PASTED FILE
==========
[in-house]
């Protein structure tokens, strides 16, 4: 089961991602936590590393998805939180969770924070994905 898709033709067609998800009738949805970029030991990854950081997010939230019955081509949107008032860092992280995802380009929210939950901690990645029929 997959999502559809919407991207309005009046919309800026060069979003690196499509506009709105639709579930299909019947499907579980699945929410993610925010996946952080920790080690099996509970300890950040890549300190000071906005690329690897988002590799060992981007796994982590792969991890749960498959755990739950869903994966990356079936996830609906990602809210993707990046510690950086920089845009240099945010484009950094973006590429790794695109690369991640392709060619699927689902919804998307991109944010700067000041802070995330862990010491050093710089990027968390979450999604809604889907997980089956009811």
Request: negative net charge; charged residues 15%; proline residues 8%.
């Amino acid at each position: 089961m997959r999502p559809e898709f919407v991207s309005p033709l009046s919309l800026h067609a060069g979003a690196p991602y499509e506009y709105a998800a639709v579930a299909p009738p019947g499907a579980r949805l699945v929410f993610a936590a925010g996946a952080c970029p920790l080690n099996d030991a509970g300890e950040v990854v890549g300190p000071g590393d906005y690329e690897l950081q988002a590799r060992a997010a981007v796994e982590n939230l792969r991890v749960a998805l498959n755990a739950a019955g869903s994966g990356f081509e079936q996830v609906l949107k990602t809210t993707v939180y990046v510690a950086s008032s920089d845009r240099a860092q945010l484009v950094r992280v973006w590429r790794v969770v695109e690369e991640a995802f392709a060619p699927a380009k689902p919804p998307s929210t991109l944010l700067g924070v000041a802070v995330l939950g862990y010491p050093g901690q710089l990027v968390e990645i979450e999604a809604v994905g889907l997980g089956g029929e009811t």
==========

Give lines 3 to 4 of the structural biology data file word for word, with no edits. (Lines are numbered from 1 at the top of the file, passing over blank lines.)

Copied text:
Request: negative net charge; charged residues 15%; proline residues 8%.
């Amino acid at each position: 089961m997959r999502p559809e898709f919407v991207s309005p033709l009046s919309l800026h067609a060069g979003a690196p991602y499509e506009y709105a998800a639709v579930a299909p009738p019947g499907a579980r949805l699945v929410f993610a936590a925010g996946a952080c970029p920790l080690n099996d030991a509970g300890e950040v990854v890549g300190p000071g590393d906005y690329e690897l950081q988002a590799r060992a997010a981007v796994e982590n939230l792969r991890v749960a998805l498959n755990a739950a019955g869903s994966g990356f081509e079936q996830v609906l949107k990602t809210t993707v939180y990046v510690a950086s008032s920089d845009r240099a860092q945010l484009v950094r992280v973006w590429r790794v969770v695109e690369e991640a995802f392709a060619p699927a380009k689902p919804p998307s929210t991109l944010l700067g924070v000041a802070v995330l939950g862990y010491p050093g901690q710089l990027v968390e990645i979450e999604a809604v994905g889907l997980g089956g029929e009811t």